An appreciation by Phillip Taylor MBE and Elizabeth Taylor of Richmond Green Chambers
The book is rightly subtitled "New Labour, Human Rights and the Rule of Law" and describes, with examples, the erosion of our civil liberties since 1997. It starts ominously with this statement: "we live in a society where he police have more power, where we are watched and monitored more closely and more often, and in which our ability to speak out and protest is subject to more and more restraints".
A damning indictment of New Labour, many may feel, if ever there was one. Ewing does say that many people do not share his views although `at best they may share the concerns' and that really sums up the worth of the work- it's a collection of statements on areas of the law which affect the direct relationship between the State and its people with worrying conclusions.
There are 8 chapter headings in 300 pages covering all the usual `liberty' issues and there are some useful cases and statutes cited. It's very readable and something which all MPs ought to read, especially the new intake from 6th May 2010. Probably the single most important theme is the erosion of individual rights by the state and Ewing backs up each topical issue with breathless detail to justify the assertions made.
Ewing also knows a few of the tricks about reviews because he says that normally only the introduction and conclusion of most books are read. This book is different, however, because the wealth of detail on what can be termed `abuses' by the state are well worth reading in detail throughout. The final conclusion, right at the end, covers `power not rights' and appears to be a veiled criticism of the "human rights business" and the deliberate ineffectiveness of judicial review which is merely seen as a sop to the public as far as some are concerned.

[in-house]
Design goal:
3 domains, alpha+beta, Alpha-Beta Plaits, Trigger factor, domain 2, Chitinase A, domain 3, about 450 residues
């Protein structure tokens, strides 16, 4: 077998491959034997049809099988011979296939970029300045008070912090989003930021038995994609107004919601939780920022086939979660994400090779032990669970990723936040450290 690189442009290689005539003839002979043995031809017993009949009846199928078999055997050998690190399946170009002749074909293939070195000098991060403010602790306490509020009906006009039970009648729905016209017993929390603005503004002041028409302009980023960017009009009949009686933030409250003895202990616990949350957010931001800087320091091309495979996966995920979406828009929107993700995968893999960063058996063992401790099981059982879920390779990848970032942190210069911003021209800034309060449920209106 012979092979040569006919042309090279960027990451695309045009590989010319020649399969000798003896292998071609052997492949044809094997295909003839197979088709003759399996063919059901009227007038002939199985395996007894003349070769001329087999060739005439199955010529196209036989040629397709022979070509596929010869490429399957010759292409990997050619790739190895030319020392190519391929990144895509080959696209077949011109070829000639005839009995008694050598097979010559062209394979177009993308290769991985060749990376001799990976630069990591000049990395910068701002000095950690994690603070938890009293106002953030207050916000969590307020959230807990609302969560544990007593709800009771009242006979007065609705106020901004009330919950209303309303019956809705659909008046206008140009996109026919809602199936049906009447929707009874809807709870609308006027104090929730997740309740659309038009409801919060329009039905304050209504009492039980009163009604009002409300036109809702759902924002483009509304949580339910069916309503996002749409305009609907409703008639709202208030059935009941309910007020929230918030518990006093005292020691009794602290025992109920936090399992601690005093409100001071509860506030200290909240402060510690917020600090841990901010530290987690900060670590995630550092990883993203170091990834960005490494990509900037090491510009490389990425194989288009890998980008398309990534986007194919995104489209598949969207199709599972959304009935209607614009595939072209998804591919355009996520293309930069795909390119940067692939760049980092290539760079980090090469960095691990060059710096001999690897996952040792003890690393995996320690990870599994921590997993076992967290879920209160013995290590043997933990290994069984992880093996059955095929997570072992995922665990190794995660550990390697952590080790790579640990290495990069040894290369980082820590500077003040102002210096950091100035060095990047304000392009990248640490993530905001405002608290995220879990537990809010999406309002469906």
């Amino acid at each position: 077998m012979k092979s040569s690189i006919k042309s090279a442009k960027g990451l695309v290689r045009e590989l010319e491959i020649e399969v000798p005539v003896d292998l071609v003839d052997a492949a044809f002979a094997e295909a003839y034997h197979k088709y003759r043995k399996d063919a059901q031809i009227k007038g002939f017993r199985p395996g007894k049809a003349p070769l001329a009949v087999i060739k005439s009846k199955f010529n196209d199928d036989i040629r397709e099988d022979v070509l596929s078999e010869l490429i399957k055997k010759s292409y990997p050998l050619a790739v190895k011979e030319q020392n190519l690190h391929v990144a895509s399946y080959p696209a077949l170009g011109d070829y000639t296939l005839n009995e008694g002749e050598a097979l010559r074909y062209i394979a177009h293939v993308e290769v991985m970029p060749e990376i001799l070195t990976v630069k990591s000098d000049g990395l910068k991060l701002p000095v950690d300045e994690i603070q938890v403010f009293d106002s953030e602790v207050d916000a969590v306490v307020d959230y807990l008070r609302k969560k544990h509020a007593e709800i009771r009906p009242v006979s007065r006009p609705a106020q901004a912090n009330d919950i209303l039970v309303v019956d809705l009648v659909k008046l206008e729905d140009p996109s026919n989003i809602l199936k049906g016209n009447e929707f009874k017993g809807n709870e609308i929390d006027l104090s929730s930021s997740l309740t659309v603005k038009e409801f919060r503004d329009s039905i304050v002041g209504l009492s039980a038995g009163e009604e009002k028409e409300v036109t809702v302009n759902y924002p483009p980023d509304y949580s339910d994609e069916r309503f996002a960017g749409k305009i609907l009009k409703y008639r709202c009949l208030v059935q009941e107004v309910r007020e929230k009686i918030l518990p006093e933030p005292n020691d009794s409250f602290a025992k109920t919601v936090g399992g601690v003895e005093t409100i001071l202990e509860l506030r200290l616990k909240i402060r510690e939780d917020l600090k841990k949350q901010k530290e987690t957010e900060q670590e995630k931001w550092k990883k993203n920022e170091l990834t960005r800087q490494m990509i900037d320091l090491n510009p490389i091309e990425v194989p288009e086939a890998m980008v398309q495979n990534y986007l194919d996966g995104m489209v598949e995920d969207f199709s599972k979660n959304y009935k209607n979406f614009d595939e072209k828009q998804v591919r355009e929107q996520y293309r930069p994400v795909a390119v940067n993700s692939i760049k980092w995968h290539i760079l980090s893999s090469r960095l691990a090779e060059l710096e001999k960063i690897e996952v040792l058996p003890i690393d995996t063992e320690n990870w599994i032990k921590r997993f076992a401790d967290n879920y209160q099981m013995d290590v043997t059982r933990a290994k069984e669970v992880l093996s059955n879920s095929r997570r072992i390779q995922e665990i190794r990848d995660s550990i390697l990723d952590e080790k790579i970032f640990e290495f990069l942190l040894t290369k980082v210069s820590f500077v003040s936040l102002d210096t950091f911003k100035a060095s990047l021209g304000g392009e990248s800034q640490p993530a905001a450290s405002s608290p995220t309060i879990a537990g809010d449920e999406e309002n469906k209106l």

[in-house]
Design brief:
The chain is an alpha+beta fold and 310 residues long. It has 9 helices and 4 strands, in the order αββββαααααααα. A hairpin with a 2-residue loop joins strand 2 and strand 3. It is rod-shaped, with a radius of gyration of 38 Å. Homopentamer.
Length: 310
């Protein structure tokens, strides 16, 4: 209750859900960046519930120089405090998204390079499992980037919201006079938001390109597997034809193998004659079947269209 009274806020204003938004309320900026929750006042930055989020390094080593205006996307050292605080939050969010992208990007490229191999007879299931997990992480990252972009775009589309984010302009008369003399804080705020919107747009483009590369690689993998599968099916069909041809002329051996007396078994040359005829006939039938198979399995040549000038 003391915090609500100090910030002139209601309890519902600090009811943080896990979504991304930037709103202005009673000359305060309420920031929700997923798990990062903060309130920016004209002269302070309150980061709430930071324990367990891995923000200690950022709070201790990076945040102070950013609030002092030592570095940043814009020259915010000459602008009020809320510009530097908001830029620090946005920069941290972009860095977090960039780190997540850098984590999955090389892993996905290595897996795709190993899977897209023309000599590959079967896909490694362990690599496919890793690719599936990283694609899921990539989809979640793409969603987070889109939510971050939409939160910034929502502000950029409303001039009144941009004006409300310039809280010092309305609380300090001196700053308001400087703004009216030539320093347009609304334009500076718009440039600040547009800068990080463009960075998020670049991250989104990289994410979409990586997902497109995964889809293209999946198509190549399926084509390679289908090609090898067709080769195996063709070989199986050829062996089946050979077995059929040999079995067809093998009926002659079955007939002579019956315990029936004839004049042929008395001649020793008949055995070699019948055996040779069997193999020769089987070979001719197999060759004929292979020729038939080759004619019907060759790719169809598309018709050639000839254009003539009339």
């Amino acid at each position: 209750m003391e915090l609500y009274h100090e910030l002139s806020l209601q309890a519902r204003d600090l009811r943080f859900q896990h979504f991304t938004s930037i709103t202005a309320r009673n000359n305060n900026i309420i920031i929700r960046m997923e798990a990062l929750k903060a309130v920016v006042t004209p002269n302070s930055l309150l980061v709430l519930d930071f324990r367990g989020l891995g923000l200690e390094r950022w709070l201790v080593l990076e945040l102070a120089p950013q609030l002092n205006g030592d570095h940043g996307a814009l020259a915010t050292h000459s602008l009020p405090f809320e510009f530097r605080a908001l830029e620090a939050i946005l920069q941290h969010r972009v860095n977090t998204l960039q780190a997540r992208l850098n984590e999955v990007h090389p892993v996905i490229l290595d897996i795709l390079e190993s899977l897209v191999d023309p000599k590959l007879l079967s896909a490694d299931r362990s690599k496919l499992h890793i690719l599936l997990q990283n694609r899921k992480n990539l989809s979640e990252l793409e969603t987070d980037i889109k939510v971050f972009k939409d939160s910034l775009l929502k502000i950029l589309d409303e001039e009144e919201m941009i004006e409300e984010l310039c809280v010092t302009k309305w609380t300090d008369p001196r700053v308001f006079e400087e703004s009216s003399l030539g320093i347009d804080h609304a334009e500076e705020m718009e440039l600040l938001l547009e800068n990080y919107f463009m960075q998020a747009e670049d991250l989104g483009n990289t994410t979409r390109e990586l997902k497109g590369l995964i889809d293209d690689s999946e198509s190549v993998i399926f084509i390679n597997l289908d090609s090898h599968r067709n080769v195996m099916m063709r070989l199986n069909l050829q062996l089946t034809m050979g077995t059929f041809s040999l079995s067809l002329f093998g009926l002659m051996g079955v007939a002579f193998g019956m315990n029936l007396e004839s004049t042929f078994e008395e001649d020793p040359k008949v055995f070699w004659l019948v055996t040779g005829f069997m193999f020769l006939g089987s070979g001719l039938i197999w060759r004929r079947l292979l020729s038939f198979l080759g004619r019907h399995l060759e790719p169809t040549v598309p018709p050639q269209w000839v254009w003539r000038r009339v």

The problem with the book is that when one reads it, one seems to go around in circles all the time rather like the bonfire, not knowing whether the thing is completely out of control.
So, the lasting legacy of "Bonfire of the Liberties" will hopefully be the way out of the current `liberties' mess with parliamentary reform. The problem, however, remains with the international economic crisis taking pole position as the top agenda issue of today although the corrosion of civil liberties and the constitutional slide will need addressing as a matter of some urgency in the short term if we remember our inter war years history.
Ewing offers useful steps which can be taken to restore some semblance of balance between loss of rights and a consecutively aggressive series of Executives. The work is rightly a 2010 definitive account of the struggle for civil liberties as a new Parliament meets this year to seek to curb executive power (if it can) and implement some of the reforms on offer.
Ewing is clearly trying to douse the `lack of liberties' fire which still seems to be out of control and it's a useful commentary on the parlous state of today's `rights' which will be viewed with interest in a couple of years' time (we hope).